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Take Another Look at Old Ma Bell

From its humble beginnings as the old Southwestern Bell, AT&T Inc (NYSE: T) emerged from the competitive free- for-all following 1996 deregulation as one of America’s big two telecoms. And revenues, earnings and dividends have risen consistently ever since, notes Roger Conrad, Conrad’s Utility Investor, www.ConradsUtilityInvestor.com.

Nonetheless, the stock sells for less than 9 times projected 2019 earnings per share. Its growing yield is north of 6 percent, despite profit and free cash flow coverage of better than 2-to-1. Insiders have added an impressive 15.4 percent to their holdings over the past six months. Wall Street analyst opinion, however, remains decidedly split. And almost any news over the past year has triggered a cacophony of opinion, with accompanying up and down volatility.

We expect a more favorable story going forward. The company is reportedly shopping the US operations of its DirecTV unit. Basically tangential to overall earnings, the pay television division has consistently lost customers. Dumping it would focus attention on thriving areas of AT&T’s business.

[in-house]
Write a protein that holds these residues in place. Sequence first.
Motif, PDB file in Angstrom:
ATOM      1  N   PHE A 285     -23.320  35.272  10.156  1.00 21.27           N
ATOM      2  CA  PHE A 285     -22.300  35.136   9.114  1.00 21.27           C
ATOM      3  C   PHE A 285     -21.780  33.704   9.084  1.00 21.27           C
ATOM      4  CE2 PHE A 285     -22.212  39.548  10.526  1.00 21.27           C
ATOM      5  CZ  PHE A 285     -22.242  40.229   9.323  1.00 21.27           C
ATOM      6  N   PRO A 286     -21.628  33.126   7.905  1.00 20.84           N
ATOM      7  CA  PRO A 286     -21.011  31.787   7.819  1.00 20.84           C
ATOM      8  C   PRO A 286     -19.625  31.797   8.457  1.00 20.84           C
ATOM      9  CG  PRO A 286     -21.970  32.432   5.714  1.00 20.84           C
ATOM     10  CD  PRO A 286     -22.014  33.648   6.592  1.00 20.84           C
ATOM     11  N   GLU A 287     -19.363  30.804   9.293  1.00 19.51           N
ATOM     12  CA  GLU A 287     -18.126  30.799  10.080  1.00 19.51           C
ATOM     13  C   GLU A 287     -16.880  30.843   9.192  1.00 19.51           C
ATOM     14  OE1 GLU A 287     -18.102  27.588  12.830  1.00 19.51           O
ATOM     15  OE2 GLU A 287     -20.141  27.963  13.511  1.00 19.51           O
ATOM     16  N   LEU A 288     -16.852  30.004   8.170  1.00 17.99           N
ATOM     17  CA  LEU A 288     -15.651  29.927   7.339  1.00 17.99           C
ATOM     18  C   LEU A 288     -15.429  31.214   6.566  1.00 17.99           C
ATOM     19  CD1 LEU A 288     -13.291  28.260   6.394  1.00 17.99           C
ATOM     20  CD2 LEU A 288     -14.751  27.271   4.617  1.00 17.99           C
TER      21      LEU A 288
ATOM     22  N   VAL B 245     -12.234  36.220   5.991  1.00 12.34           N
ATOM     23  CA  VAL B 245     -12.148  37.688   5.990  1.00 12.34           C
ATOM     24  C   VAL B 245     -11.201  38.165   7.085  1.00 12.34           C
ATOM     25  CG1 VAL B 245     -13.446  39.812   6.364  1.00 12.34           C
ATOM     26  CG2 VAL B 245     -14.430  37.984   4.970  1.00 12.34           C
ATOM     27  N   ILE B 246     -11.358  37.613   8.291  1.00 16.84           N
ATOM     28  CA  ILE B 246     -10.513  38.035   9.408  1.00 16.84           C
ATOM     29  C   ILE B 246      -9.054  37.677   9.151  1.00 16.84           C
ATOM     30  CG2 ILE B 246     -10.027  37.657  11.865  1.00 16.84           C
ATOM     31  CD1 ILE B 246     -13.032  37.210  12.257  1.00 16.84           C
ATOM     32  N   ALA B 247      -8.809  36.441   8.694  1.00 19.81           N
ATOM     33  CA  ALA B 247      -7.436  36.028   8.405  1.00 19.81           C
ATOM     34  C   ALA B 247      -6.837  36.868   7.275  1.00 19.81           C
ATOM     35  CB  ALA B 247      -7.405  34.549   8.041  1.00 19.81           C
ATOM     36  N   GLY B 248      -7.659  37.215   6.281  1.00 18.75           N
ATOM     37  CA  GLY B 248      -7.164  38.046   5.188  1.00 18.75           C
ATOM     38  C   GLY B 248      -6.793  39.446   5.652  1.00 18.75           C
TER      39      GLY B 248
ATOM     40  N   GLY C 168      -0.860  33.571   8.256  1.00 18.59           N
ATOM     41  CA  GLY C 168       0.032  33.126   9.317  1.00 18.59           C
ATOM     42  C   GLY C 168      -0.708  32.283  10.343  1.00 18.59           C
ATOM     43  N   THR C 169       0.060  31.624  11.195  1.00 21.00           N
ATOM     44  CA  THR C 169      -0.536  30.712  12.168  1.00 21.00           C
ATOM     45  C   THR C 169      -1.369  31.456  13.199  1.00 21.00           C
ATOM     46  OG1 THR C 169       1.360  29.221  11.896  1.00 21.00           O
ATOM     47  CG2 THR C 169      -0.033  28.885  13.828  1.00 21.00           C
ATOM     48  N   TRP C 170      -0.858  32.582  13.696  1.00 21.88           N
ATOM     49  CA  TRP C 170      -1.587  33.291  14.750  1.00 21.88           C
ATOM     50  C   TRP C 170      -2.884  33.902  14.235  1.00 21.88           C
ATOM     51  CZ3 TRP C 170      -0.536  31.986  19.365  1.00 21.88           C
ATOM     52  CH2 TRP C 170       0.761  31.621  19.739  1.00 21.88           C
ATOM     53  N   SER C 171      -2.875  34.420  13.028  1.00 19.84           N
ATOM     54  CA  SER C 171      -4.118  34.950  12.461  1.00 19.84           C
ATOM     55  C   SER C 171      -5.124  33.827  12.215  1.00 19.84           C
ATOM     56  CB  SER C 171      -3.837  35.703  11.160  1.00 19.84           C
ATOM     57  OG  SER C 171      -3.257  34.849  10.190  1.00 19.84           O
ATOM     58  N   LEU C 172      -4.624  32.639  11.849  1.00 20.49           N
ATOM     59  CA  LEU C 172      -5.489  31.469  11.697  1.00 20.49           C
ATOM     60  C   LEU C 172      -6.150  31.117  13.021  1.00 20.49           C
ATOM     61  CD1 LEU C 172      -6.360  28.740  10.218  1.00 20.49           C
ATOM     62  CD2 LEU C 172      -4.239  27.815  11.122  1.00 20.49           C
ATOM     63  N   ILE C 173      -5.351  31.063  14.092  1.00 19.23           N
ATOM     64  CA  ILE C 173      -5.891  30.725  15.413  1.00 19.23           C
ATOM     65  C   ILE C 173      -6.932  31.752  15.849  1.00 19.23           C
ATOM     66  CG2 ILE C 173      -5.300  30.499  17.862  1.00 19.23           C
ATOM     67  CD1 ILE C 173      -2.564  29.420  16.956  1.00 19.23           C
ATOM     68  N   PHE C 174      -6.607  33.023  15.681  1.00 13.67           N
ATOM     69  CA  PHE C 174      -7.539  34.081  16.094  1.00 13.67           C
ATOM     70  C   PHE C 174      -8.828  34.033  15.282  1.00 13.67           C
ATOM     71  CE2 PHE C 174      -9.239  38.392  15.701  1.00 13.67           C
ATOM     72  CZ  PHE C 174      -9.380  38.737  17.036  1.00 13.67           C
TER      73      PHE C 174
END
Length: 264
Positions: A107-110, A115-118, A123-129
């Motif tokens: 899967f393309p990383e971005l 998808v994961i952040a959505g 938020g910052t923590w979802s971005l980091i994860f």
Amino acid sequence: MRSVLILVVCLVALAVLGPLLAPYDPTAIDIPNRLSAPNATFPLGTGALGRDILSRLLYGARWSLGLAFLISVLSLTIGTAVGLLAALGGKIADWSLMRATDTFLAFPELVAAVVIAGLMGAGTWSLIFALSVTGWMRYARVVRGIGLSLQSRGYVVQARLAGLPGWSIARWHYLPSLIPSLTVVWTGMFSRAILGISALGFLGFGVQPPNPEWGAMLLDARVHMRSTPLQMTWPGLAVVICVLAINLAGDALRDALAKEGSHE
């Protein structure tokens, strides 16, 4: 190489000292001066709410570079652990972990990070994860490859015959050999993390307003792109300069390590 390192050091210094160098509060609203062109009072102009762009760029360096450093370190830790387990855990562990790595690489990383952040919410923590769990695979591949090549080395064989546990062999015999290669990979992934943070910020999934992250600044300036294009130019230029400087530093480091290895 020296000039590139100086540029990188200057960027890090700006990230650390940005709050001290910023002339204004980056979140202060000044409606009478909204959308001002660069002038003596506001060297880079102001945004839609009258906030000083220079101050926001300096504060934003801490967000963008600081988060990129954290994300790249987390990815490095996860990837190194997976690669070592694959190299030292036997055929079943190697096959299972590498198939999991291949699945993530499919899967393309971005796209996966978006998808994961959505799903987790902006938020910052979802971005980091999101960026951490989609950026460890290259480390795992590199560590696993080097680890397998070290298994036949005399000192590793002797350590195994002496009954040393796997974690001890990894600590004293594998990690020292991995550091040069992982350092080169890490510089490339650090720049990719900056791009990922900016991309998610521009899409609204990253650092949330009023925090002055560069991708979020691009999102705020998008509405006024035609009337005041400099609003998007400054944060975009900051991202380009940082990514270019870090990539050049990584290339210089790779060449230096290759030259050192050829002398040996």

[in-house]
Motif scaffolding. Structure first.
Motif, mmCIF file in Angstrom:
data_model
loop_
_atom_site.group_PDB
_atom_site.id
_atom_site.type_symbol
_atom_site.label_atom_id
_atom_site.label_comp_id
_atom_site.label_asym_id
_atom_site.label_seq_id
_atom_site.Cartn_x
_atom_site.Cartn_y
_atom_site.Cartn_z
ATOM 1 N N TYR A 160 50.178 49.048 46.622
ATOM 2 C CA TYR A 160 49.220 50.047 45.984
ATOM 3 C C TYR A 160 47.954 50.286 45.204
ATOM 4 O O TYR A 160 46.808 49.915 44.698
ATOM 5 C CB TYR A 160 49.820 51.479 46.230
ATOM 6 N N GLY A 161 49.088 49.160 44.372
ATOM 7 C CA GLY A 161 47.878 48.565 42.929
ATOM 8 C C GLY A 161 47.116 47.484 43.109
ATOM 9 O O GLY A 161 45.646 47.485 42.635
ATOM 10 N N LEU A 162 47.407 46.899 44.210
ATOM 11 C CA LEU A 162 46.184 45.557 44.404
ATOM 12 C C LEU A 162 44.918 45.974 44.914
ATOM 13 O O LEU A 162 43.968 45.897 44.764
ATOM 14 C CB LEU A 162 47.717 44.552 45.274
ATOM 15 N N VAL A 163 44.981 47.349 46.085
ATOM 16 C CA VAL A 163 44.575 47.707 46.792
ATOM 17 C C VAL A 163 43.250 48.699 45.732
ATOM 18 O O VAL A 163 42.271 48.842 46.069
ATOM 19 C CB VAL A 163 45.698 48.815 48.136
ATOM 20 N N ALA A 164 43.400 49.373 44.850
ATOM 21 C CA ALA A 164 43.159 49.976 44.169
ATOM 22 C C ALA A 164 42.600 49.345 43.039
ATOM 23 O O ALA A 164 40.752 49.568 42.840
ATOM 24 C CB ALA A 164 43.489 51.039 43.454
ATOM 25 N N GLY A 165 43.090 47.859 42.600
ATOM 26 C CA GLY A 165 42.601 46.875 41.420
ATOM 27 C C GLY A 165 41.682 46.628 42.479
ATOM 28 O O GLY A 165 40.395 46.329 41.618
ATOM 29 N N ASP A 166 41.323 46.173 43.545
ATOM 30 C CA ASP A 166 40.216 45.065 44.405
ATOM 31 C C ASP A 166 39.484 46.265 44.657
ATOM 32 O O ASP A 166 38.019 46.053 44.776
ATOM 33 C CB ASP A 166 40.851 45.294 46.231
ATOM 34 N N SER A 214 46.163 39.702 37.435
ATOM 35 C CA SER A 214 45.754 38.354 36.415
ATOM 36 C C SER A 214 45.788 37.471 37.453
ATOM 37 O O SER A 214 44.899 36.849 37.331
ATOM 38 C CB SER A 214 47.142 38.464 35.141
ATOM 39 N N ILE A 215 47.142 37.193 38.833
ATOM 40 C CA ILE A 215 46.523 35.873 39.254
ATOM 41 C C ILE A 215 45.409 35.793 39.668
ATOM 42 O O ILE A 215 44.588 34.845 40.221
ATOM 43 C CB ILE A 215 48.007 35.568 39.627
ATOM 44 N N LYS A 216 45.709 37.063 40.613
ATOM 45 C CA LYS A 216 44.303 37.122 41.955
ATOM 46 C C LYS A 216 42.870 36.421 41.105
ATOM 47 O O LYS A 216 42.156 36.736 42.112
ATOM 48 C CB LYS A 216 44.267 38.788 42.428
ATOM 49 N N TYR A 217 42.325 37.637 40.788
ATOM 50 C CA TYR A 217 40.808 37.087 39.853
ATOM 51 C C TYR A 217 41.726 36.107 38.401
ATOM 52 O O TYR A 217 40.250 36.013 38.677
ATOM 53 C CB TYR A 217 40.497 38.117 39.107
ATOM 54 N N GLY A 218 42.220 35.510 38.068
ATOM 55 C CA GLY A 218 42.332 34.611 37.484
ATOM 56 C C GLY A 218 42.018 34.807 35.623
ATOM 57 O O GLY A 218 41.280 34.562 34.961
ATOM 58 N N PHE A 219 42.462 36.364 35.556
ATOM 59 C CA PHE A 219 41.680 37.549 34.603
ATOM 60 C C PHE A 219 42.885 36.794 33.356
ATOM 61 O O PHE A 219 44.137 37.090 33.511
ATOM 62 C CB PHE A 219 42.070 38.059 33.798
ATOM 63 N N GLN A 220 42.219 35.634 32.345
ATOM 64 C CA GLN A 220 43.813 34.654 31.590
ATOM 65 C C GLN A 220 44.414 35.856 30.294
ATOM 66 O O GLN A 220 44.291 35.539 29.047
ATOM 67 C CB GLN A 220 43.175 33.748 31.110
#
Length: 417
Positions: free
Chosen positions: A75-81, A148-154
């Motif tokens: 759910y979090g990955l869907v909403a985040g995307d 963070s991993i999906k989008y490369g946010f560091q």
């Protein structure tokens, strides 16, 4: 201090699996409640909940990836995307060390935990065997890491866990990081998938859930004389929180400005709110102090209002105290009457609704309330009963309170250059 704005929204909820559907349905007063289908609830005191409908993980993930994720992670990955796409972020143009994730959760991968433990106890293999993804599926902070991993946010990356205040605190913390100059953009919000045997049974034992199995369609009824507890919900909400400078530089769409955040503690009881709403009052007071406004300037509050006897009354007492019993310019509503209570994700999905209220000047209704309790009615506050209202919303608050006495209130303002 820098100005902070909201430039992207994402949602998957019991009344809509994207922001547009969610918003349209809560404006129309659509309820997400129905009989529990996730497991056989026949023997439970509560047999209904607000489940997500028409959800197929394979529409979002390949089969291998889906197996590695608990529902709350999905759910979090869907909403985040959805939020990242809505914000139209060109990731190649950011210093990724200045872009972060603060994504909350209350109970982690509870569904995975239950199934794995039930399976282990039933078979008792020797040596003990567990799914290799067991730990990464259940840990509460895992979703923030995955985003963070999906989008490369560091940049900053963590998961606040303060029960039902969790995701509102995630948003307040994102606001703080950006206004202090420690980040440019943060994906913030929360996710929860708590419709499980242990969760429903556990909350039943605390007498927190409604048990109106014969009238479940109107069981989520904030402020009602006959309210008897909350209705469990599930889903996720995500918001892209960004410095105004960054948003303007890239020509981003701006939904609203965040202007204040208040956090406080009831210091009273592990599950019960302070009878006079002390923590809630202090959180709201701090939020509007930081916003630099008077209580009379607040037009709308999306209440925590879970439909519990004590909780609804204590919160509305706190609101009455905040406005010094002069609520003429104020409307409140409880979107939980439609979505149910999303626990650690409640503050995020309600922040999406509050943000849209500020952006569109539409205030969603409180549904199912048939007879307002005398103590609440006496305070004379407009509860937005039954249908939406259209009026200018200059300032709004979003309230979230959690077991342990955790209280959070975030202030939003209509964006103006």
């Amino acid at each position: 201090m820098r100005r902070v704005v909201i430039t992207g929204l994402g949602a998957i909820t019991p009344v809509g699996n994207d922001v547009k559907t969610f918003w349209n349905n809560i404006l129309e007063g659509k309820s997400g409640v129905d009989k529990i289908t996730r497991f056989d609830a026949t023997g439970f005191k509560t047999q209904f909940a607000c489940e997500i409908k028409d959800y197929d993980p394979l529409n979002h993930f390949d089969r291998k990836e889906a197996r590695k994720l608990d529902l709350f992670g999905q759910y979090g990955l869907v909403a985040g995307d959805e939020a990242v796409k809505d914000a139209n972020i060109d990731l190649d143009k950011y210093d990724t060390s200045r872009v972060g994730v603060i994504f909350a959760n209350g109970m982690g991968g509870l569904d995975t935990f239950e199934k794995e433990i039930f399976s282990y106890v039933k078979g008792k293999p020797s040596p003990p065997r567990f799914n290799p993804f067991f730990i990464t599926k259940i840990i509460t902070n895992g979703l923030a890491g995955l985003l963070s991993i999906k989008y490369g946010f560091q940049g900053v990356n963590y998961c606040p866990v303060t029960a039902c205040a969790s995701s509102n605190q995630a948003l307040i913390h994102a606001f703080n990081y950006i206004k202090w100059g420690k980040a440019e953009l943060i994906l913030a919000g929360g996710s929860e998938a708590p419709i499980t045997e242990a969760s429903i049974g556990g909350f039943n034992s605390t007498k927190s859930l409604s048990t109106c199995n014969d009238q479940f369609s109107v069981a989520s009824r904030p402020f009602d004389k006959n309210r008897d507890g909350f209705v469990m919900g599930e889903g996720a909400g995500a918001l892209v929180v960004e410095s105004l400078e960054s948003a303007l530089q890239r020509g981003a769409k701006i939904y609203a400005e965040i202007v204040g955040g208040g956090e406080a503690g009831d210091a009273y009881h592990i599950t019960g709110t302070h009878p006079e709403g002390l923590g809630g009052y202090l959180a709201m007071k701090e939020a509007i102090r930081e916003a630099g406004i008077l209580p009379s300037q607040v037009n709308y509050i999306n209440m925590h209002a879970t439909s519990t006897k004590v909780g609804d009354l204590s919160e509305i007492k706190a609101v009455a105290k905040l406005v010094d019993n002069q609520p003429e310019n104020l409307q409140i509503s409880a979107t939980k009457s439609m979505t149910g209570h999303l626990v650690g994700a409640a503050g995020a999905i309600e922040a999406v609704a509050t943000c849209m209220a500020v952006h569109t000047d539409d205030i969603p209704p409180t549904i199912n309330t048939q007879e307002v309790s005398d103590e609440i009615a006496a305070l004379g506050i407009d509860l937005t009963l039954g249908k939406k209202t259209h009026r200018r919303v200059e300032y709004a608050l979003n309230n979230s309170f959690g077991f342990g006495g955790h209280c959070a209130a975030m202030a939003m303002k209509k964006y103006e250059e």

One good example is the content operation of the former Time Warner Inc. The final season of HBO’s “Game of Thrones” didn’t satisfy all fans. But it was a huge success and left the door wide open for related productions. And President Trump’s repeated threats regarding the company’s CNN network have only attracted viewers, just as they have to Comcast Corp’s (Nasdaq: CMCSA) MSNBC network.

Time Warner’s results provided a big lift to AT&T’s first quarter earnings and should do even better the rest of the year. In wireless, the company scored big in the Federal Communications Commission 5-G spectrum auction last month.

Developed with industry leading $45 billion capital spending the next two years, that ensures the company will stay at the front of deployment, even as expands profitability in 4-G by cutting churn and boosting data sales.

After all CAPEX and dividends, AT&T still projects to generate $12 to $13 billion in annual free cash to pay down debt. That’s the single biggest selling point for this stock, one of only a handful of secure winners in the rapidly consolidating telecom sector. Buy up to 38.

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